Nickel carbonyl

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Template:Chembox ECNumberTemplate:Chembox E numberTemplate:Chembox SolubilityInWater
Nickel carbonyl
IUPAC name Tetracarbonylnickel(0)
Other names Nickel tetracarbonyl
Identifiers
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RTECS number QR6300000
Properties
Ni(CO)4
Molar mass 170.7 g/mol
Appearance colorless liquid
Density 1.3 g/ml, liquid
Melting point
Boiling point
Structure
Coordination
geometry
Tetrahedral
Molecular shape Tetrahedral
Dipole moment zero
Thermochemistry
Std enthalpy of
formation
ΔfHo298
-632 kJ/mol
Std enthalpy of
combustion
ΔcHo298
-1180 kJ/mol
Standard molar
entropy
So298
320 J.K−1.mol−1
Hazards
EU classification {{{value}}}
R-phrases R61, R11, R26, R40, R50/53
S-phrases S53, S45, S60, S61
Flash point {{{value}}}
Related compounds
Except where noted otherwise, data are given for
materials in their standard state
(at 25 °C, 100 kPa)

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Overview

Nickel carbonyl (IUPAC name: tetracarbonylnickel) is a colorless organometallic complex that is a versatile reagent, first described in 1890 by Ludwig Mond. It was the first metal simple carbonyl complex to be reported. Its volatility at room temperature and toxicity have earned the compound the nickname "liquid death."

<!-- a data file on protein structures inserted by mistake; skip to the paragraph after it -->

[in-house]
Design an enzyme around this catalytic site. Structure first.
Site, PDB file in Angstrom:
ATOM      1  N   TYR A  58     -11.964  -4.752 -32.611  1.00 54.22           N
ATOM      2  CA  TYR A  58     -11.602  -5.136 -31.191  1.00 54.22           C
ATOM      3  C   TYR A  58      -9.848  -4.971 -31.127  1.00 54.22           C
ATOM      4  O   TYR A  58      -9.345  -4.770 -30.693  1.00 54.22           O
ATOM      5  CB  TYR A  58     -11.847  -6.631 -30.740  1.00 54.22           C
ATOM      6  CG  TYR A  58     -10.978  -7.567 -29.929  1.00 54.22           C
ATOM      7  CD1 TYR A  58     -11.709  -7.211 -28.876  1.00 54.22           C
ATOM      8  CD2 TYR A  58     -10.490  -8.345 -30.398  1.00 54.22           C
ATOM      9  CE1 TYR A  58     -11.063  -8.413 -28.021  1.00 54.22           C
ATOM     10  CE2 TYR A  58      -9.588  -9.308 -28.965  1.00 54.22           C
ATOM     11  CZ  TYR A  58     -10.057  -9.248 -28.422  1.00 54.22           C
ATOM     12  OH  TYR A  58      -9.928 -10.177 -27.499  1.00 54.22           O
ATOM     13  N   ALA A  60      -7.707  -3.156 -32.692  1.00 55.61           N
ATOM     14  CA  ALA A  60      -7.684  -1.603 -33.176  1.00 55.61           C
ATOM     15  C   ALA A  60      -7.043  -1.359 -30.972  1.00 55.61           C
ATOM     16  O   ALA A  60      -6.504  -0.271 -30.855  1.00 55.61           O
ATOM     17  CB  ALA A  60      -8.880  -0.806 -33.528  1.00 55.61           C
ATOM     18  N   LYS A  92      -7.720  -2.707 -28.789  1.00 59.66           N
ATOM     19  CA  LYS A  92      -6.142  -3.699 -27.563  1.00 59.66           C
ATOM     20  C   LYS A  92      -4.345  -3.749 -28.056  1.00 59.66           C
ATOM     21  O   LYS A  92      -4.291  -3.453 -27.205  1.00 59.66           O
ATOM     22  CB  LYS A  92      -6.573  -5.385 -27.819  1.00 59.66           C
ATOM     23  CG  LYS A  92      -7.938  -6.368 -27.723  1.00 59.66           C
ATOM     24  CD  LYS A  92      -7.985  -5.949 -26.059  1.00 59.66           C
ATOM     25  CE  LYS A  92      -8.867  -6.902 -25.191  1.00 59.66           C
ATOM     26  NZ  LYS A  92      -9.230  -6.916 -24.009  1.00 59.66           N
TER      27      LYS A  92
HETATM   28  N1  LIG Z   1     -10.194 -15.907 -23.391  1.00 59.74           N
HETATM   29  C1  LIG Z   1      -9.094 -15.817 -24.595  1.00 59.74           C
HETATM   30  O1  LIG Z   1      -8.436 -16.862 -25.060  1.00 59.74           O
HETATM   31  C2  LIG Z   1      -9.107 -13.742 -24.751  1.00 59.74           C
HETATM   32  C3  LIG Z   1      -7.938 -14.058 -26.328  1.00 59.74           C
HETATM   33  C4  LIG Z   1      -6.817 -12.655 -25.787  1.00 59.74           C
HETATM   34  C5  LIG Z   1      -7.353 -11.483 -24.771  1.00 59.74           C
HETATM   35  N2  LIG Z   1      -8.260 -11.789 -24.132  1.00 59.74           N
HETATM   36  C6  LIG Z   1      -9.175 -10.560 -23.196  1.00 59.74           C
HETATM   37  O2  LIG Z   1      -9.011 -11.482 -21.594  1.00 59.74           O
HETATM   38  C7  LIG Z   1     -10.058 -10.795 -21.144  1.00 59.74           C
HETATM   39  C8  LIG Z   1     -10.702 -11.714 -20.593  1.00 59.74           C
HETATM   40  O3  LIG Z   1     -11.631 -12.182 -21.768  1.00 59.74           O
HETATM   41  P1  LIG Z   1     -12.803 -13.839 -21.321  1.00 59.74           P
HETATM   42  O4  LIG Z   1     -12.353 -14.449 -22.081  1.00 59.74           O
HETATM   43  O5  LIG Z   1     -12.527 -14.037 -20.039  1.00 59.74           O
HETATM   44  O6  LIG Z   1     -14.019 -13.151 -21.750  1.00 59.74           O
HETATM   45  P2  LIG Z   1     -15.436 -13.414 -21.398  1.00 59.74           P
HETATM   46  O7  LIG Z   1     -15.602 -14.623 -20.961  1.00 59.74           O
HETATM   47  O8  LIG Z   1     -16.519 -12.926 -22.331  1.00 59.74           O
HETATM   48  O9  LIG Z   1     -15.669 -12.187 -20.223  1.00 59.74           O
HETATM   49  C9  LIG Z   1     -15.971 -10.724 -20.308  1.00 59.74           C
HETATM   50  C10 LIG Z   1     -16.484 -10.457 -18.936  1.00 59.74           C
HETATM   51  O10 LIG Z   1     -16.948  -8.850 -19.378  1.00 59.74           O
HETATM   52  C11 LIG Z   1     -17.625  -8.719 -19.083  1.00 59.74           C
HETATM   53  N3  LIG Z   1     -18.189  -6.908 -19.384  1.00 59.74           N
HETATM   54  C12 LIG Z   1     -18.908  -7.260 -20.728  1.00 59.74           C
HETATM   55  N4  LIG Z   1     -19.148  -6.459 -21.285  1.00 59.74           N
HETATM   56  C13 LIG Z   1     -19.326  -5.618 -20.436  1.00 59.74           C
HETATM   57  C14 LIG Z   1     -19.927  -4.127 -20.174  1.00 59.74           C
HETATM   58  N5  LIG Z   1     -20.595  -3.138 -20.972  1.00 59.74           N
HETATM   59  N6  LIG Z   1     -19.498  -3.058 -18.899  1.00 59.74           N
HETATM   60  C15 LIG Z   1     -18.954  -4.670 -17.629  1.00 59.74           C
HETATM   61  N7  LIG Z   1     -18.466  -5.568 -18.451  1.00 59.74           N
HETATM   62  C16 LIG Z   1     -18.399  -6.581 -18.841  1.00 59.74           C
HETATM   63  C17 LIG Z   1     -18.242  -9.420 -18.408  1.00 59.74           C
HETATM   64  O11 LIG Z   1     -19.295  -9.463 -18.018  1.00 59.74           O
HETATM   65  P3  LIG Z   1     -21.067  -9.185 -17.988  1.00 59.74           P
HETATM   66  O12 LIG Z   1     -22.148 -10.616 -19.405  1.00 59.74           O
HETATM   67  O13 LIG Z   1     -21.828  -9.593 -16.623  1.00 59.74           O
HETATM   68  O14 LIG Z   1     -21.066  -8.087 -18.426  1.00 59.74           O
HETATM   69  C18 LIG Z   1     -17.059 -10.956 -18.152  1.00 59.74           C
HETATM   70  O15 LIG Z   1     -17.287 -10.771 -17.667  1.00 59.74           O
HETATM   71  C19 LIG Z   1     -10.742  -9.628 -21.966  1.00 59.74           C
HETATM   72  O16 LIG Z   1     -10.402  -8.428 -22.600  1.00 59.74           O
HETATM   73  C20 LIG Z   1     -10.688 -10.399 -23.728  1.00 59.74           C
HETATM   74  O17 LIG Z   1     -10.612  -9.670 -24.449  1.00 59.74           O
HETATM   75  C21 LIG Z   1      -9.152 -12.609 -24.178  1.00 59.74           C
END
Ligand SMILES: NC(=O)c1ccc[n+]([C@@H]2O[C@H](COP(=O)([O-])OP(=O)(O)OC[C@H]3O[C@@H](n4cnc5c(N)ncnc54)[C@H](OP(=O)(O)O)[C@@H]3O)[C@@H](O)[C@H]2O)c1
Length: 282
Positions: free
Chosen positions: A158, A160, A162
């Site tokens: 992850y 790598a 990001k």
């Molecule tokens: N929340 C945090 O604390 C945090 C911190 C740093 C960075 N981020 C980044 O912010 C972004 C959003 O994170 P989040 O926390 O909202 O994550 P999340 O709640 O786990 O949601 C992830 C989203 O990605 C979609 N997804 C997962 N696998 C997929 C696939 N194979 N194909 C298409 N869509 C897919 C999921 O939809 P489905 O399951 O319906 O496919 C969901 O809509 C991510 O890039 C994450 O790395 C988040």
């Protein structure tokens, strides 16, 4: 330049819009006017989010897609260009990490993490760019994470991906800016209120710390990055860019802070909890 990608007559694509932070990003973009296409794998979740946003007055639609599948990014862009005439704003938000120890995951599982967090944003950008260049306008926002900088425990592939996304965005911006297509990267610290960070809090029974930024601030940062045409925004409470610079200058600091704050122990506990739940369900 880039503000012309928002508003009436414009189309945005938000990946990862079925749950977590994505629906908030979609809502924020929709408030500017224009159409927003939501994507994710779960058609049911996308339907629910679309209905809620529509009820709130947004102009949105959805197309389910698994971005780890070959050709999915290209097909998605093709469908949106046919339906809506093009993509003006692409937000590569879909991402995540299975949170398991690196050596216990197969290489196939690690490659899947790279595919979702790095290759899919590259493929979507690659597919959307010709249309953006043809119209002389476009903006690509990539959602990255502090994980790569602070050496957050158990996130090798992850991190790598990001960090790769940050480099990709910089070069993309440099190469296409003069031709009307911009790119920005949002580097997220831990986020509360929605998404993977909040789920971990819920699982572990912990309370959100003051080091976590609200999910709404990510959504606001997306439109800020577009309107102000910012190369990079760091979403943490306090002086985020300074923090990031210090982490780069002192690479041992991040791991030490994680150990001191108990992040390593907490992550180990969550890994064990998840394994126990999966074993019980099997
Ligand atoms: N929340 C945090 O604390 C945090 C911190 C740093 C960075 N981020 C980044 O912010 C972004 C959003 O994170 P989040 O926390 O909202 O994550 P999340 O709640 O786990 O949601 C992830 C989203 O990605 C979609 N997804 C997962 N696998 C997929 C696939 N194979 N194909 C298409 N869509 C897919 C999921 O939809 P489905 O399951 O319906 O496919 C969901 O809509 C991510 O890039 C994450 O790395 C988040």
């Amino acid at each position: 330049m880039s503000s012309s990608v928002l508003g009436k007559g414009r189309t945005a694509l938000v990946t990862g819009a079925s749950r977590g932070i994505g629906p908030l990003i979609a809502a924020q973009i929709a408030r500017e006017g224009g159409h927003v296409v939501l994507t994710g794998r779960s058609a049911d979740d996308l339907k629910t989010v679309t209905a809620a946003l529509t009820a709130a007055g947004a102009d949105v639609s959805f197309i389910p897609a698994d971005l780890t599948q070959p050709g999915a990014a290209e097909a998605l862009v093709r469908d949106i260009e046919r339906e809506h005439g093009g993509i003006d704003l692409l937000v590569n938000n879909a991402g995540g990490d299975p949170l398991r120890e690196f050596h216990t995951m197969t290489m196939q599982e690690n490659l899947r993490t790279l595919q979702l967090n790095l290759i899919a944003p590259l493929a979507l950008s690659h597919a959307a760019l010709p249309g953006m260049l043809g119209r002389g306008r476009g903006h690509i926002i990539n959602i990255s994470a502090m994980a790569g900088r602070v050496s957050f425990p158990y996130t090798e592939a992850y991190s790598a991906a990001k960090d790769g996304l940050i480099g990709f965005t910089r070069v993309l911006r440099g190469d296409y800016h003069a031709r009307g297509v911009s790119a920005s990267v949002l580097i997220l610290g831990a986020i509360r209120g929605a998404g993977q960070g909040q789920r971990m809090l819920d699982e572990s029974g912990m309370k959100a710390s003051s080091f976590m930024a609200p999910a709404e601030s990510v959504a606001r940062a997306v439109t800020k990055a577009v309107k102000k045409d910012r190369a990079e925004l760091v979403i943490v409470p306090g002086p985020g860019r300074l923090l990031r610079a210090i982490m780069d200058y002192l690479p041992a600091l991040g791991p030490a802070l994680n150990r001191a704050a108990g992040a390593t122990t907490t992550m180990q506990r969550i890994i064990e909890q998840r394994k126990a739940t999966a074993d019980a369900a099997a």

Structure and bonding

Having the molecular formula Ni(CO)4, nickel carbonyl is composed of a central nickel atom surrounded by four carbonyl (carbon monoxide) ligands in a tetrahedral arrangement. The CO ligands, in which the C and the O are connected by triple bonds (often depicted as double bonds), are covalently bonded to the nickel atom via the carbon ends. The structures of these compounds baffled chemists for many years, and most publications before 1950 depicted chains of CO chelated to the metal.

Nickel carbonyl has 18 valence electrons, like many other metal carbonyls such as iron pentacarbonyl and molybdenum hexacarbonyl. These metal carbonyls have symmetrical structures and are charge-neutral, resulting in their high volatility. In Ni(CO)4, the nickel atom has a formal oxidation number of zero.

Preparation

Ni(CO)4 was first synthesised in 1890 by Ludwig Mond by the direct reaction of nickel metal with CO. This pioneering work foreshadowed the existence of many other metal carbonyl compounds, including those of V, Cr, Mn, Fe, and Co.

Nickel metal reacts at room temperature with carbon monoxide gas to form the tetracarbonyl. At 323 K, carbon monoxide is passed over impure nickel. On moderate heating, such as contact with a hot glass surface, Ni(CO)4 decomposes back to carbon monoxide and nickel metal. These two reactions form the basis for the Mond process for the purification of nickel.[1]

Chemical reactions

Like other low-valent metal carbonyls, Ni(CO)4 undergoes CO substitution reactions and can be oxidized. Donor ligands such as triphenylphosphine react to give Ni(CO)3(PPh3) and Ni(CO)2(PPh3)2. 2,2'-Bipyridine and related ligands behave similarly.